In a comment to post on the Barton letters, Ed Snack claimed that

Michael Mann made an error in MBH98, he confused the square root of the cosine of the latitude with the cosine

Now if you look at MBH98, cosine latitude is only mentioned here:

Northern Hemisphere (NH) and global (GLB) mean temperature are estimated as areally-weighted (ie, cosine latitude) averages over the Northern hemisphere and global domains respectively

I did a bit of searching and found that Snack’s source is this

statement in the supplementary material for von Storch at al’s paper

“Reconstructing Past Climate from Noisy Data” DOI:

10.1126/science.1096109:

Our implementation of the MBH method essentially follows their

description in their original paper (S17). The statistical model was

calibrated in the period 1900-1980. Monthly near surface-temperature

anomalies were standardized and subjected to an Empirical Orthogonal

Function Analysis, in which each grid point was weighted by (cos

φ)^(1/2), where φ is the latitude (Mann et al. 1998

erroneously use a cos φ weighting).

But the area of the grid cells that MBH use is proportional to cosine

latitude and not to the square root of cosine latitude so I posted a

comment

suggesting that von Storch was mistaken.

Steve McIntyre then pounced on

my comment, presenting evidence that von Storch was correct. He even

stated that my comment was more worthy of criticism than McKitrick’s

mixing up of degrees with

radians in a journal paper

touted as a bombshell that refuted global warming.

It seems that if you want the output from PCA to be weighted by area,

the input has to be weighted by the square root of area. I don’t know

enough about PCA to know for sure who is correct here, but certainly

von Storch’s criticism has not been refuted, so I

retracted

my comment.

Neither von Storch nor McIntyre seem to think that the weighting issue

is very important. Von Storch just mentions it in passing and McIntyre

as not bothered to find out what effect it has on the final

reconstruction.

Nonetheless McIntyre repeatedly demanded that I post a ferocious

denunciation of Mann’s weighting error. He felt that I was obliged to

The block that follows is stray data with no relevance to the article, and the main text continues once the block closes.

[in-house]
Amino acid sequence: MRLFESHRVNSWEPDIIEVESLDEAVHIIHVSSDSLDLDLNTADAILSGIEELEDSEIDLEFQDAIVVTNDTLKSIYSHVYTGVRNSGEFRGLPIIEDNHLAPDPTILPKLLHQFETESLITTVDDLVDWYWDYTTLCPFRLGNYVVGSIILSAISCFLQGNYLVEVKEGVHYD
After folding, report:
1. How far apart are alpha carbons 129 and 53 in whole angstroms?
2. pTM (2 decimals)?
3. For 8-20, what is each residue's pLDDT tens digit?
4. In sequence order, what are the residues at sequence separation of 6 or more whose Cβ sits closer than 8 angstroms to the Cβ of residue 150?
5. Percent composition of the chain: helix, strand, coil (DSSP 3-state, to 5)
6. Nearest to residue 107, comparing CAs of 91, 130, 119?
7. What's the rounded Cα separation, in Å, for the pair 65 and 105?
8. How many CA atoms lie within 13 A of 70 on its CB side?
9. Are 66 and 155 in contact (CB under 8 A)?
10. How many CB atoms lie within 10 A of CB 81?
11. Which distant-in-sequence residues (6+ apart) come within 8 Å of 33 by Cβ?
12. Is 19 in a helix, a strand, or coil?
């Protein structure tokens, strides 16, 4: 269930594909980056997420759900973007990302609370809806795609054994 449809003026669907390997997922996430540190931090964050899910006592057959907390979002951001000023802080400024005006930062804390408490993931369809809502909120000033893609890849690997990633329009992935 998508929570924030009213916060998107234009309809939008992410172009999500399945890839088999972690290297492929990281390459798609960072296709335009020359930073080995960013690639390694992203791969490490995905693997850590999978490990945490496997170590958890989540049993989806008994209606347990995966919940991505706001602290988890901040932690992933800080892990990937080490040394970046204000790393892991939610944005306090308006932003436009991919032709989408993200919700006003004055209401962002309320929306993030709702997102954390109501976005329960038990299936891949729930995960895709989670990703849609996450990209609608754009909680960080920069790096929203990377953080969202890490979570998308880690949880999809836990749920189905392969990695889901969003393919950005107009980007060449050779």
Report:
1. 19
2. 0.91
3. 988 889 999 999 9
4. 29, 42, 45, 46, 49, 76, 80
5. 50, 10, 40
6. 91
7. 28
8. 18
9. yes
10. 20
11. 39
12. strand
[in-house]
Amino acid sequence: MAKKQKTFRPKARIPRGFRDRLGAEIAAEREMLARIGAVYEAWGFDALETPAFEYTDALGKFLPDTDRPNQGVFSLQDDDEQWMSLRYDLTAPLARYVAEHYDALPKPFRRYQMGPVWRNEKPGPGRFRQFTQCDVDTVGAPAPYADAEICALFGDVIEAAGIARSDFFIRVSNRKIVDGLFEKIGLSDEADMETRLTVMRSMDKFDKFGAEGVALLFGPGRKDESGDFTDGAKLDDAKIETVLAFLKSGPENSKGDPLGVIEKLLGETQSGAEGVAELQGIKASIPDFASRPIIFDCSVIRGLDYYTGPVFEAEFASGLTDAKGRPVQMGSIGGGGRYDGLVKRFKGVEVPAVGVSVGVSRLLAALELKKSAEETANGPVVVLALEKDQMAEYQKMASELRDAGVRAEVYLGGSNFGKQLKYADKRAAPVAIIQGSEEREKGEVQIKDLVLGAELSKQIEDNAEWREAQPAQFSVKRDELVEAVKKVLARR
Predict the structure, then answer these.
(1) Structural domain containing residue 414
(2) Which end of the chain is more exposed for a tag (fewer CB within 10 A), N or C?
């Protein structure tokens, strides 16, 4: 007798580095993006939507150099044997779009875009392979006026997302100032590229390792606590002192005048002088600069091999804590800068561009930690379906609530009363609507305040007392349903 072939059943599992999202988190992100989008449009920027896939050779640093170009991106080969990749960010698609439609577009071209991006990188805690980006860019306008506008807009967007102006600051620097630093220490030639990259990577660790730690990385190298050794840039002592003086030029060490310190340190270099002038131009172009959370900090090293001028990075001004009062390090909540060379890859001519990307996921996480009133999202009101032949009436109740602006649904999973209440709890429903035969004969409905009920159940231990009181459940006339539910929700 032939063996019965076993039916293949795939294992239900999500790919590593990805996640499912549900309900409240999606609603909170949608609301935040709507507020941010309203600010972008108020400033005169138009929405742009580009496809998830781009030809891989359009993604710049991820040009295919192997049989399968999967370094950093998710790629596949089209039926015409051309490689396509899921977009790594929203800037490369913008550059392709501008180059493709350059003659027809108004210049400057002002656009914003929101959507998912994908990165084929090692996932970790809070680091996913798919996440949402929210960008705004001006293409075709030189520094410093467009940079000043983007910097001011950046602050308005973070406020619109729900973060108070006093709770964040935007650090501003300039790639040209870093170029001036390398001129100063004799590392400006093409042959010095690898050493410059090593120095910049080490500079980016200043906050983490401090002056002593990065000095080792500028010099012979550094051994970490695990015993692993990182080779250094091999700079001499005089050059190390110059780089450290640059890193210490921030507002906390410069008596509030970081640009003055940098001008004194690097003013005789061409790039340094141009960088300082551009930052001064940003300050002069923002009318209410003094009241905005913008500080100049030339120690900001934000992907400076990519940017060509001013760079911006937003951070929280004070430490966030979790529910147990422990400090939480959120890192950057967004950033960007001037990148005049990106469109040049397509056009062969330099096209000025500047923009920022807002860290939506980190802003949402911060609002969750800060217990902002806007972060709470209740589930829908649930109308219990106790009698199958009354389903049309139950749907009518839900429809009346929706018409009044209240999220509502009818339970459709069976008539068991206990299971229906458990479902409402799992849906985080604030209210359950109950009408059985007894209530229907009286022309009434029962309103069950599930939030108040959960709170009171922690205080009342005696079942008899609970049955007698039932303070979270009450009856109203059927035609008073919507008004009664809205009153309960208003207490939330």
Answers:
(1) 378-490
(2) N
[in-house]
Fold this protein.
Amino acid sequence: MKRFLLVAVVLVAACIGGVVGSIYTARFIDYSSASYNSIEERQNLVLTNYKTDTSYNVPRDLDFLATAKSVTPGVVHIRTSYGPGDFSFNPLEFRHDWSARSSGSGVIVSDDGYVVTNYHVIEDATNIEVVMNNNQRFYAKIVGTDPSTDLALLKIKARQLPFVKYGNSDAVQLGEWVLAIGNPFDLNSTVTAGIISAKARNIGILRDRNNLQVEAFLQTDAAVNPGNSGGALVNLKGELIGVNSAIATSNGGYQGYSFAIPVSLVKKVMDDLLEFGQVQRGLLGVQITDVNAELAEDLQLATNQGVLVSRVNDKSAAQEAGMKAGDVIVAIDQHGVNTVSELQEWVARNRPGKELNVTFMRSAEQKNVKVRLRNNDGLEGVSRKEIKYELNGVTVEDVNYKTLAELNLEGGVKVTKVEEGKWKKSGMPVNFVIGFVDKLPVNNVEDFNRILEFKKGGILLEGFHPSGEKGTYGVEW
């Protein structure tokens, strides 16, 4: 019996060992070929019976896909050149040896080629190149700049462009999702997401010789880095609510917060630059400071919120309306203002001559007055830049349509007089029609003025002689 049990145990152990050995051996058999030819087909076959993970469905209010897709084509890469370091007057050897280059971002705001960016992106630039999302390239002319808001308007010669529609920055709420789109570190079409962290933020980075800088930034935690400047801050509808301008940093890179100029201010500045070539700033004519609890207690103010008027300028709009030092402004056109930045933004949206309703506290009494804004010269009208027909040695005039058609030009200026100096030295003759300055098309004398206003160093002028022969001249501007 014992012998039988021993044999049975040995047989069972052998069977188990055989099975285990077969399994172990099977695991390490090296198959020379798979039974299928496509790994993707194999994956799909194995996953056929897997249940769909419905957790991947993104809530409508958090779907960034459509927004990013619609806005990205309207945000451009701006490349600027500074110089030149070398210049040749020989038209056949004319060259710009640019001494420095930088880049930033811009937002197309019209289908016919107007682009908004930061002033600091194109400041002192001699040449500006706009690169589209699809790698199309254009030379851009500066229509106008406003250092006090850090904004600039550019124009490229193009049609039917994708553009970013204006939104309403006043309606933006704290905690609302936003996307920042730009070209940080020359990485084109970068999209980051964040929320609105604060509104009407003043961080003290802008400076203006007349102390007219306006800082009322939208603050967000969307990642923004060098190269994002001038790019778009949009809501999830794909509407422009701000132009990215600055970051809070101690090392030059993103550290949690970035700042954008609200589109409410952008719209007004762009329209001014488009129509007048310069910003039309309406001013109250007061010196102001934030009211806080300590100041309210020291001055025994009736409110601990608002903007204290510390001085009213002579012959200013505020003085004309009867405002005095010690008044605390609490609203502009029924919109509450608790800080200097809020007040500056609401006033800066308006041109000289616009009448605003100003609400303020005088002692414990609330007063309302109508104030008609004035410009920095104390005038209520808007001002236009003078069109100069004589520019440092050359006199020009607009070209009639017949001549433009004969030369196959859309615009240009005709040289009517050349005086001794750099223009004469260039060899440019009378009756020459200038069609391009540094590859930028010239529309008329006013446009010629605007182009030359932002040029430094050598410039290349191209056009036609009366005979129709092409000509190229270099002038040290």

do this because my single post on McKitrick’s mixing up degrees with

radians when calculating the cosine of latitude meant that I

specialized in cos latitude problems. Now his demand is rather

irrational. Firstly, “cos latitude problems” is a gerrymandered

category engineered to create a false equivalence between McKitrick’s

error of using degrees when he should have used radians in a linear

regression and Mann’s error of not taking the square root of his

weights in a Empirical Orthogonal Function Analysis. Secondly, one

post out of almost 800 on this blog does not make me a specialist on

that topic. Thirdly, even on a topic where I do specialize, like,

umm, Lott, I still don’t have to post on every little move Lott makes.

I explained this to McIntyre, but he insisted that I was this strange

“cos latitude specialist” thing. I don’t think he was doing it to annoy me—he seemed to have completely convinced himself. He then felt entitled to

deliver a stream of jibes and insults, accusing me of hypocrisy, of

being petulant and of being a troll. He does this to others as well,

calling Gavin Schmidt and

Caspar Amman “Dumb and

Dumber”

He also falsely claimed that I attributed McKitrick’s degrees/radians

mix up to McKitrick and McIntyre and falsely claimed that my

criticism of Essex and

McKitrick was “mostly just

belligerence”. Nor would he correct these falsehoods.

If McIntyre’s dealings with climate scientists have been anything like

his behaviour towards me, with his irrational demands and unpleasant

manner, I can certainly understand why they might not wish to

correspond with him.